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The Great Foot Washing Controversey

With Palm Sunday tomorrow, and Holy Thursday less than a week away, it is almost time for the great annual liturgical argument, should women be allowed to have their feet washed on Holy Thursday?

An article in today's Boston Telegram noted that Boston Archbishop Sean O'Malley has decided to wash the feet of both men and women this year, after consultation with the Congregation for Divine Worship. Last year he was criticized for washing the feet of 12 men.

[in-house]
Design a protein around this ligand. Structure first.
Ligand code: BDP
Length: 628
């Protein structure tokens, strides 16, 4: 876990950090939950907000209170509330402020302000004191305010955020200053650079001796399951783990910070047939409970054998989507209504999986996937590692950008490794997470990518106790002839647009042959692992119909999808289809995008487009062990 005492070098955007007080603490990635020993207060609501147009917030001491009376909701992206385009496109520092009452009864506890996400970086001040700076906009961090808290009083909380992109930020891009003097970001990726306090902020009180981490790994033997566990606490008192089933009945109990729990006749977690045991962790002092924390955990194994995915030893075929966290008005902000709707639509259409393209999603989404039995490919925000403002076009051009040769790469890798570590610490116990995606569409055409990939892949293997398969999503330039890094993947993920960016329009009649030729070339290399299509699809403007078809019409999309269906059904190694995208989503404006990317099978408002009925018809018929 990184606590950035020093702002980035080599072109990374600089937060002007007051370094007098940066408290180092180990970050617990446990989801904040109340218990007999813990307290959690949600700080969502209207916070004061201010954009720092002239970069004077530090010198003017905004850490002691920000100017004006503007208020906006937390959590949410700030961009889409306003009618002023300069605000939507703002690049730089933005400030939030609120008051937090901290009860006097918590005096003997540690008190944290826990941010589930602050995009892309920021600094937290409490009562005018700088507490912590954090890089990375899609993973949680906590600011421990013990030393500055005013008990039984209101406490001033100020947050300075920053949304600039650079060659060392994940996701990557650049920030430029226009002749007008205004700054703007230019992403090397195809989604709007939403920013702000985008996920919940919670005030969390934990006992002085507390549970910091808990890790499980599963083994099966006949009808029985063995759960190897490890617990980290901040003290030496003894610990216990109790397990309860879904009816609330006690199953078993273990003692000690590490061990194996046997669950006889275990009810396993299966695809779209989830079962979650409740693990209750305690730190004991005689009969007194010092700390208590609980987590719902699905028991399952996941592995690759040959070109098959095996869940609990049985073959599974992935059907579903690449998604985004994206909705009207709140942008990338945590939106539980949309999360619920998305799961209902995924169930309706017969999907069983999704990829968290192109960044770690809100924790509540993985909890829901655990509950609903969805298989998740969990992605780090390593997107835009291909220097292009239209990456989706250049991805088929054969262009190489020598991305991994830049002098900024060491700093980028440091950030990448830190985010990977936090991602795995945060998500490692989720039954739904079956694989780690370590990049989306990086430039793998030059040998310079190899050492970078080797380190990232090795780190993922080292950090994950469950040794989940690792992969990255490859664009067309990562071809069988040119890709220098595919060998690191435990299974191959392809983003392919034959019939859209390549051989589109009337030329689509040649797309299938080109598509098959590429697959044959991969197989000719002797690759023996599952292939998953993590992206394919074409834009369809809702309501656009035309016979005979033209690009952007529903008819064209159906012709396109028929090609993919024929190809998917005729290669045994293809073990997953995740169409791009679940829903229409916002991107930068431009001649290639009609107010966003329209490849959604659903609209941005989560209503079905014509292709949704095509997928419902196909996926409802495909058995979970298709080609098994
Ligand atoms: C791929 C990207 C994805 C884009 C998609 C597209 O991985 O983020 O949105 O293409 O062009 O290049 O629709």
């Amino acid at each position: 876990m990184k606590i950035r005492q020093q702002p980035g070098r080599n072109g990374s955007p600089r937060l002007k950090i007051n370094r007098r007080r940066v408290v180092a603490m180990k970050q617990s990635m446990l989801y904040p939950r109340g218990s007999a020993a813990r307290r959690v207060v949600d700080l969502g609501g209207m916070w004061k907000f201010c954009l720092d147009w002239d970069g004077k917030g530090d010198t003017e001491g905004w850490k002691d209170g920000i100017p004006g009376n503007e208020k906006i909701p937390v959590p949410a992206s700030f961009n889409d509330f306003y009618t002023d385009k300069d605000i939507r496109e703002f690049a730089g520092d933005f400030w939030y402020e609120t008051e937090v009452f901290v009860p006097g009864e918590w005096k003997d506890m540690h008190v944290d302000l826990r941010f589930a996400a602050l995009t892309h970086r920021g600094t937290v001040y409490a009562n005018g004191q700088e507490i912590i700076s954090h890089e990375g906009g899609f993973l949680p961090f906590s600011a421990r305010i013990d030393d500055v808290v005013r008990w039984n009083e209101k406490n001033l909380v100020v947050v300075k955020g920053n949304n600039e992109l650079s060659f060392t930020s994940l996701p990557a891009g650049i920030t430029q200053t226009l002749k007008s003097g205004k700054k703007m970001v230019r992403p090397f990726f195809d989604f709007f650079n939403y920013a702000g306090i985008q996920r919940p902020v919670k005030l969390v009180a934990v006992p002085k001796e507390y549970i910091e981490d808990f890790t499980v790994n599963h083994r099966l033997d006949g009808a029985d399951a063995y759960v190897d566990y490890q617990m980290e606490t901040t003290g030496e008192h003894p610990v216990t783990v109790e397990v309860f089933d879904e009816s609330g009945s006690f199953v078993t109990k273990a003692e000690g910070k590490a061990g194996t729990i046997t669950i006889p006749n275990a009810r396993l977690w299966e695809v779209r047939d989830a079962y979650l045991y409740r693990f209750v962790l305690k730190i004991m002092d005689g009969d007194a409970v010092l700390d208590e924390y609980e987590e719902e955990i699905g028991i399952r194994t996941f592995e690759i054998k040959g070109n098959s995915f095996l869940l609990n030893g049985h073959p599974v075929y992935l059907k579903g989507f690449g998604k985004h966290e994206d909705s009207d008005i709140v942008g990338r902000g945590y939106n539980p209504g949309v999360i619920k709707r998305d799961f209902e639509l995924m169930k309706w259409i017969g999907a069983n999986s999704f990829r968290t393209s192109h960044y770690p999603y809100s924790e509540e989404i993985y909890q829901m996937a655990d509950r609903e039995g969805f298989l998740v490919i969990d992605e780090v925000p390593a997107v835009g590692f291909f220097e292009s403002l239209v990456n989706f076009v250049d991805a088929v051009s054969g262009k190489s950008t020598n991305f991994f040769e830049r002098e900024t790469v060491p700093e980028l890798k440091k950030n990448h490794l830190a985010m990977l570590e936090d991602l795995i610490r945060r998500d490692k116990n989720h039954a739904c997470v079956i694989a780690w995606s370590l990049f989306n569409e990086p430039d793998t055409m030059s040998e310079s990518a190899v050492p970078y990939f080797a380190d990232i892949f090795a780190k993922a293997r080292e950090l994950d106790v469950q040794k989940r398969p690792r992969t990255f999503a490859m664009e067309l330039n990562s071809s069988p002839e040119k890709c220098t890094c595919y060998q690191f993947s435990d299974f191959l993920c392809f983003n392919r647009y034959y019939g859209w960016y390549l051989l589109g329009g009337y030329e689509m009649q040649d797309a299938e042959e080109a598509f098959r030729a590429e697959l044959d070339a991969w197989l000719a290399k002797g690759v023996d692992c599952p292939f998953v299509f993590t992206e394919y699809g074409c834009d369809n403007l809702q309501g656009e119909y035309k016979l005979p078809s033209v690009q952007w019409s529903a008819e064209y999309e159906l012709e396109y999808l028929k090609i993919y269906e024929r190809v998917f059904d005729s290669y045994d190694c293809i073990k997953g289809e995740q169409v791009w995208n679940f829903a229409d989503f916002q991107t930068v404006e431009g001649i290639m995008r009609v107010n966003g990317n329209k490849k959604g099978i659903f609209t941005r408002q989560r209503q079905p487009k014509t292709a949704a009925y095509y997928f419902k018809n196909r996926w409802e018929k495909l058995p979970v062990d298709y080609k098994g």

Such is consistent with a USCCB statement from 1987 that notes:

Because the gospel of the mandatum read on Holy Thursday also depicts Jesus as the "Teacher and Lord" who humbly serves his disciples by performing this extraordinary gesture which goes beyond the laws of hospitality,2 the element of humble service has accentuated the celebration of the foot washing rite in the United States over the last decade or more.

In this regard, it has become customary in many places to invite both men and women to be participants in this rite in recognition of the service that should be given by all the faithful to the Church and to the world. Thus, in the United States, a variation in the rite developed in which not only charity is signified but also humble service.

While the "proper" symbolic emphasis of the ritual can make for heated discussion, from a juridical standpoint women can indeed get their feet washed too.


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